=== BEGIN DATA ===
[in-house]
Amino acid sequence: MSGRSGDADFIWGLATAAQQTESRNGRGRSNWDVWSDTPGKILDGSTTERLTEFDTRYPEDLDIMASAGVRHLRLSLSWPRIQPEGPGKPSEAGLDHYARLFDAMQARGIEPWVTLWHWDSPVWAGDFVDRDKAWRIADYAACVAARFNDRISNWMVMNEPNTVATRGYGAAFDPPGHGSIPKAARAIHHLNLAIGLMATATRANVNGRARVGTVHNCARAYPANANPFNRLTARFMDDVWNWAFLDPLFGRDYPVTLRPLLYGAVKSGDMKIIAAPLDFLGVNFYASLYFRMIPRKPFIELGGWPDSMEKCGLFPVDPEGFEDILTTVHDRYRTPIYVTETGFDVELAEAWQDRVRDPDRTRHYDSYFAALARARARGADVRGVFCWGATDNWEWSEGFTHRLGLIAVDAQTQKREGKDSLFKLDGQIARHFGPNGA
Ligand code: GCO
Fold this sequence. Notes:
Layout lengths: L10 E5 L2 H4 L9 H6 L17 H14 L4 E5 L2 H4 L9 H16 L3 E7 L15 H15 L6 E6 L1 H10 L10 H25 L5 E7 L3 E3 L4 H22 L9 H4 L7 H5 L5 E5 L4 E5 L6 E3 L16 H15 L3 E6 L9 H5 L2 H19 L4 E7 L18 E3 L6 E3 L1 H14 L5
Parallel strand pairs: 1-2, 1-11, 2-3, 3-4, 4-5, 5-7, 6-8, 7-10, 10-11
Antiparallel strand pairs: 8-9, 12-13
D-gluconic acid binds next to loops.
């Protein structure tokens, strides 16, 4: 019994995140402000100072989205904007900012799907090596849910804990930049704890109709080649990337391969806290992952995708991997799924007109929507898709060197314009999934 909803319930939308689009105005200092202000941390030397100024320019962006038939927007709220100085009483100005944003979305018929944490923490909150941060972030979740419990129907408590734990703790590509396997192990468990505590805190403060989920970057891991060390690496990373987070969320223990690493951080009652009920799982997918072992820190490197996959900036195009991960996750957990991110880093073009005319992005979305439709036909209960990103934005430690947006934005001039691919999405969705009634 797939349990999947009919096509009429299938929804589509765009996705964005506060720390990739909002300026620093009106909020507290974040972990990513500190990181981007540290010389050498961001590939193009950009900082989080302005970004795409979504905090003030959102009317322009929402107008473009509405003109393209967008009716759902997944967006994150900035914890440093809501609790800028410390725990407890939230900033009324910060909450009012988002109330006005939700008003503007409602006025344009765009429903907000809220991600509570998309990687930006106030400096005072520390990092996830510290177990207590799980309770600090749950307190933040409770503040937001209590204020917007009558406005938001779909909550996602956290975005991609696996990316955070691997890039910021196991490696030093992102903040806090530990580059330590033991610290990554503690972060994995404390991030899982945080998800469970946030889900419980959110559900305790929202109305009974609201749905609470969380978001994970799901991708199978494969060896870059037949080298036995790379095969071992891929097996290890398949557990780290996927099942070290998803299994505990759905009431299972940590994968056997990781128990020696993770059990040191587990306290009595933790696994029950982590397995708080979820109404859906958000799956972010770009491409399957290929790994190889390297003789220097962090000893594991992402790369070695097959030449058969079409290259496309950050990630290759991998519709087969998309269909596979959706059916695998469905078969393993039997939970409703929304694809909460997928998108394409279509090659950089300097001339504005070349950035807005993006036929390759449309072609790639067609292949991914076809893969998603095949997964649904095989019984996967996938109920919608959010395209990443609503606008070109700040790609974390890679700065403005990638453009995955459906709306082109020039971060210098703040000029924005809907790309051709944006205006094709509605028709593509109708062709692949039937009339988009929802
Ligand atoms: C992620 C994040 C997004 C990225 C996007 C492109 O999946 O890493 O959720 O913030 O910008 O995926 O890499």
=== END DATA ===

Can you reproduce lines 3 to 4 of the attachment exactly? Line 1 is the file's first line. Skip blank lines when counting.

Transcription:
Ligand code: GCO
Fold this sequence. Notes: